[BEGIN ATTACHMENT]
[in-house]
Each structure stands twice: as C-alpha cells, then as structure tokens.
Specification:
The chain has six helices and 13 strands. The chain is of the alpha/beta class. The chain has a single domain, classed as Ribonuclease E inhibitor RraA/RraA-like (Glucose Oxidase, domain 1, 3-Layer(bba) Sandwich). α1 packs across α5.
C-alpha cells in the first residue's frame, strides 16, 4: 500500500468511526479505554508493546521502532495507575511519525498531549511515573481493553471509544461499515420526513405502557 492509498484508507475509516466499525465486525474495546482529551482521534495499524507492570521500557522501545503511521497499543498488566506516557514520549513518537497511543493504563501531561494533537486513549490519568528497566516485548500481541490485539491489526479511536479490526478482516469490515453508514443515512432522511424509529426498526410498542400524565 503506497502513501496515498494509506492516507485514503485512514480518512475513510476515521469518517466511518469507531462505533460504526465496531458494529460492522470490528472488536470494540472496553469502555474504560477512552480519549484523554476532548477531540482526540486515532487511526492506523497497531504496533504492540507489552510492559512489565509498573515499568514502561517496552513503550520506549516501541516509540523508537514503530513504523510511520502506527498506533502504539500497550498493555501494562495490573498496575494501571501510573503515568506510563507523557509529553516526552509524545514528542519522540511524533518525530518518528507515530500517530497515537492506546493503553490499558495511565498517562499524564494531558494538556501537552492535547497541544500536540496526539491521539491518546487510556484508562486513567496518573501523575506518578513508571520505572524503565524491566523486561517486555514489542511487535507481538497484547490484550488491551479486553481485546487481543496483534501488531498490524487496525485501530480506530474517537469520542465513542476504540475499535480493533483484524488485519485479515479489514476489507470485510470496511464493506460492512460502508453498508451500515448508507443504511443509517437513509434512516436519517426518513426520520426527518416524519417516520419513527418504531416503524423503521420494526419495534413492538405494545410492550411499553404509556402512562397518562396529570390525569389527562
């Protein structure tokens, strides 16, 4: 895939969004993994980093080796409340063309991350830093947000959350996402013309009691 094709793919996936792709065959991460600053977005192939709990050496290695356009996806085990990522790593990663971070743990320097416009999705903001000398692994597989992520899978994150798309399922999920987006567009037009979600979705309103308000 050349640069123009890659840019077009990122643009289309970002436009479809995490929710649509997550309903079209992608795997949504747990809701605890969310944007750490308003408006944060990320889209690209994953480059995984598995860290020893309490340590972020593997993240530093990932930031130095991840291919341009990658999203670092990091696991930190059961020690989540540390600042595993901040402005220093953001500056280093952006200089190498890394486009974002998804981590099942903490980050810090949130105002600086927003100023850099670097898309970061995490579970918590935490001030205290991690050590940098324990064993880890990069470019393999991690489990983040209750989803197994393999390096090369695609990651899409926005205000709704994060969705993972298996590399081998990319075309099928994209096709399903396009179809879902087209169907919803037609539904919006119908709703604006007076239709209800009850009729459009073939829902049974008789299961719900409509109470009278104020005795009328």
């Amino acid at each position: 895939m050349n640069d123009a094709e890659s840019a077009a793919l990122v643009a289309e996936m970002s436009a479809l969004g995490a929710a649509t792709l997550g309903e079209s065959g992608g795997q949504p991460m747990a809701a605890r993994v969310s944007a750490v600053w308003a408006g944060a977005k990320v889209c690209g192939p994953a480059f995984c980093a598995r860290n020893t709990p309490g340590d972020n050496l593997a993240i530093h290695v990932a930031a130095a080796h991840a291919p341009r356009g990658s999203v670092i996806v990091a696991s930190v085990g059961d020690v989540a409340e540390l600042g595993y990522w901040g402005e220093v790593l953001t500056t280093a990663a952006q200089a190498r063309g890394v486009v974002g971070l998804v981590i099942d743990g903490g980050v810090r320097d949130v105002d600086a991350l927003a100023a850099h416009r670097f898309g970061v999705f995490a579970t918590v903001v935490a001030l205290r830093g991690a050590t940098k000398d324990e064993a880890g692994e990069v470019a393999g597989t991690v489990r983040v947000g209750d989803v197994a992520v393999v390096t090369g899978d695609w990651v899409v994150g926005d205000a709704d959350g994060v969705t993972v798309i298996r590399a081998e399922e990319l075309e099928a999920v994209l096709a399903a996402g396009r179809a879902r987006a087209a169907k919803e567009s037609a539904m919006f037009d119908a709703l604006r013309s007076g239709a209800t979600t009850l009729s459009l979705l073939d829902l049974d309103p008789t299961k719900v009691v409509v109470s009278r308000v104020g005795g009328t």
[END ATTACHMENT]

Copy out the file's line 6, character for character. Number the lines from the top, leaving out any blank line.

């Protein structure tokens, strides 16, 4: 895939969004993994980093080796409340063309991350830093947000959350996402013309009691 094709793919996936792709065959991460600053977005192939709990050496290695356009996806085990990522790593990663971070743990320097416009999705903001000398692994597989992520899978994150798309399922999920987006567009037009979600979705309103308000 050349640069123009890659840019077009990122643009289309970002436009479809995490929710649509997550309903079209992608795997949504747990809701605890969310944007750490308003408006944060990320889209690209994953480059995984598995860290020893309490340590972020593997993240530093990932930031130095991840291919341009990658999203670092990091696991930190059961020690989540540390600042595993901040402005220093953001500056280093952006200089190498890394486009974002998804981590099942903490980050810090949130105002600086927003100023850099670097898309970061995490579970918590935490001030205290991690050590940098324990064993880890990069470019393999991690489990983040209750989803197994393999390096090369695609990651899409926005205000709704994060969705993972298996590399081998990319075309099928994209096709399903396009179809879902087209169907919803037609539904919006119908709703604006007076239709209800009850009729459009073939829902049974008789299961719900409509109470009278104020005795009328």